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Diseases

Genetic and Rare Diseases Information Center (GARD)

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Sclerosing mesenteritis


Other Names for this Disease

  • Idiopathic sclerosing mesenteritis
  • Liposclerotic mesenteritis
  • Mesenteric fibromatosis
  • Mesenteric lipodystrophy
  • Mesenteric lipogranuloma
See Disclaimer regarding information on this site. Some links on this page may take you to organizations outside of the National Institutes of Health.

Your Question

My husband has sclerosing mesenteritis. Is this disease dangerous?

Our Answer

We have identified the following information that we hope you find helpful. If you still have questions, please contact us.

What is sclerosing mesenteritis? 

Sclerosing mesenteritis is one of many terms used to describe a spectrum of chronic inflammatory diseases affecting the small bowel mesentery, the membrane that anchors the small intestine to the back of the abdominal wall.[1][2]  The cause of this condition is unknown. The most common symptom is abdominal pain or a palpable abdominal mass.[3][4] Click here to view an illustration of the small intestine.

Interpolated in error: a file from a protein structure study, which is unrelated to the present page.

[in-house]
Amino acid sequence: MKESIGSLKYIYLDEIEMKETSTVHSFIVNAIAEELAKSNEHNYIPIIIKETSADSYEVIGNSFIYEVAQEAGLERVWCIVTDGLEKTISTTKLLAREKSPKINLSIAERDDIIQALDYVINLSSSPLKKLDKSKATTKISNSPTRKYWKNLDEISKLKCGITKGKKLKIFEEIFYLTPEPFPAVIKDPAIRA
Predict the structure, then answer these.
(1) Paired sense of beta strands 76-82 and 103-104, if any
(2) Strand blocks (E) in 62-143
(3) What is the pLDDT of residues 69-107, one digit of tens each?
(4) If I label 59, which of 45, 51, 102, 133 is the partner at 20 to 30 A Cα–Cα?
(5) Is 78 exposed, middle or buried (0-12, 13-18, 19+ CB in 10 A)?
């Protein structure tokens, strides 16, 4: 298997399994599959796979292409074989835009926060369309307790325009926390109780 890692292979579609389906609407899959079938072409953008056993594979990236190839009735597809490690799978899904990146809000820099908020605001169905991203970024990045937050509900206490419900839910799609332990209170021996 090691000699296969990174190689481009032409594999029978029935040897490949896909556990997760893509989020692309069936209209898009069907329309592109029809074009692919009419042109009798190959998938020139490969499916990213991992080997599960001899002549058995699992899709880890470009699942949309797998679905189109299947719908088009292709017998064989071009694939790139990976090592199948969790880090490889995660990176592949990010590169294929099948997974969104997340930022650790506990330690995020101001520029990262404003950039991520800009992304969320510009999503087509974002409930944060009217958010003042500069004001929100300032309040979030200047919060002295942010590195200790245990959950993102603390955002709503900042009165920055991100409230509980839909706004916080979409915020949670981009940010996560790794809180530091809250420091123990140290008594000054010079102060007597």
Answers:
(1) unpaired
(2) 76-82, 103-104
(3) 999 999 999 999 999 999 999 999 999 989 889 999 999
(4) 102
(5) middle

Last updated: 7/11/2011

What are the signs and symptoms of sclerosing mesenteritis?

Common symptoms of sclerosing mesenteritis include abdominal pain or a palpable abdominal mass, weight loss, abdominal distention, vomiting, diarrhea, constipation, and fever of unknown cause.[3][4]
Last updated: 8/22/2011

Is sclerosing mesenteritis dangerous?

For most patients with sclerosing mesenteritis, their disease does not become dangerous;[5][1][2][3][4] however abdominal pain may continue or recur in about 25% of patients.[3][4]

To learn more specifically about your husband’s prognosis we recommend you speak to his health care providers.
Last updated: 7/11/2011

References
Other Names for this Disease
  • Idiopathic sclerosing mesenteritis
  • Liposclerotic mesenteritis
  • Mesenteric fibromatosis
  • Mesenteric lipodystrophy
  • Mesenteric lipogranuloma
See Disclaimer regarding information on this site. Some links on this page may take you to organizations outside of the National Institutes of Health.